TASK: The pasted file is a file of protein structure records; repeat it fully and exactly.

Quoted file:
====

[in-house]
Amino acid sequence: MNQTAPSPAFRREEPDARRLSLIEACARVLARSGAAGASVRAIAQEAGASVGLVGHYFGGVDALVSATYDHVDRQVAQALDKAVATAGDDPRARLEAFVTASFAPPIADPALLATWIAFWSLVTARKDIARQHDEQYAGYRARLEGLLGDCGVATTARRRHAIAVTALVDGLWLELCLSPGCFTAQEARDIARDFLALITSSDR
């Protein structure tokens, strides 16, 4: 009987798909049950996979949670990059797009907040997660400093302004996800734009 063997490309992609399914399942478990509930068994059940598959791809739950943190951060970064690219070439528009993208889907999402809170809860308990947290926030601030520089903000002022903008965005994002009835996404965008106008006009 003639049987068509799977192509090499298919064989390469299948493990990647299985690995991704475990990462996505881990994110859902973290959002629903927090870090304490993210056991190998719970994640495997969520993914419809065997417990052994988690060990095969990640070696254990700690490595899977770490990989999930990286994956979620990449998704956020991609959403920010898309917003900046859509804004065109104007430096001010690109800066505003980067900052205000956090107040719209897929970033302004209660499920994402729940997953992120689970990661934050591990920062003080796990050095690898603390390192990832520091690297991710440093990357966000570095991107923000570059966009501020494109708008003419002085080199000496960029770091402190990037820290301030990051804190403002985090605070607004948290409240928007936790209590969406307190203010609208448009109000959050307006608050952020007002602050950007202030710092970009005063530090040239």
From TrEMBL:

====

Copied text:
[in-house]
Amino acid sequence: MNQTAPSPAFRREEPDARRLSLIEACARVLARSGAAGASVRAIAQEAGASVGLVGHYFGGVDALVSATYDHVDRQVAQALDKAVATAGDDPRARLEAFVTASFAPPIADPALLATWIAFWSLVTARKDIARQHDEQYAGYRARLEGLLGDCGVATTARRRHAIAVTALVDGLWLELCLSPGCFTAQEARDIARDFLALITSSDR
């Protein structure tokens, strides 16, 4: 009987798909049950996979949670990059797009907040997660400093302004996800734009 063997490309992609399914399942478990509930068994059940598959791809739950943190951060970064690219070439528009993208889907999402809170809860308990947290926030601030520089903000002022903008965005994002009835996404965008106008006009 003639049987068509799977192509090499298919064989390469299948493990990647299985690995991704475990990462996505881990994110859902973290959002629903927090870090304490993210056991190998719970994640495997969520993914419809065997417990052994988690060990095969990640070696254990700690490595899977770490990989999930990286994956979620990449998704956020991609959403920010898309917003900046859509804004065109104007430096001010690109800066505003980067900052205000956090107040719209897929970033302004209660499920994402729940997953992120689970990661934050591990920062003080796990050095690898603390390192990832520091690297991710440093990357966000570095991107923000570059966009501020494109708008003419002085080199000496960029770091402190990037820290301030990051804190403002985090605070607004948290409240928007936790209590969406307190203010609208448009109000959050307006608050952020007002602050950007202030710092970009005063530090040239």
From TrEMBL: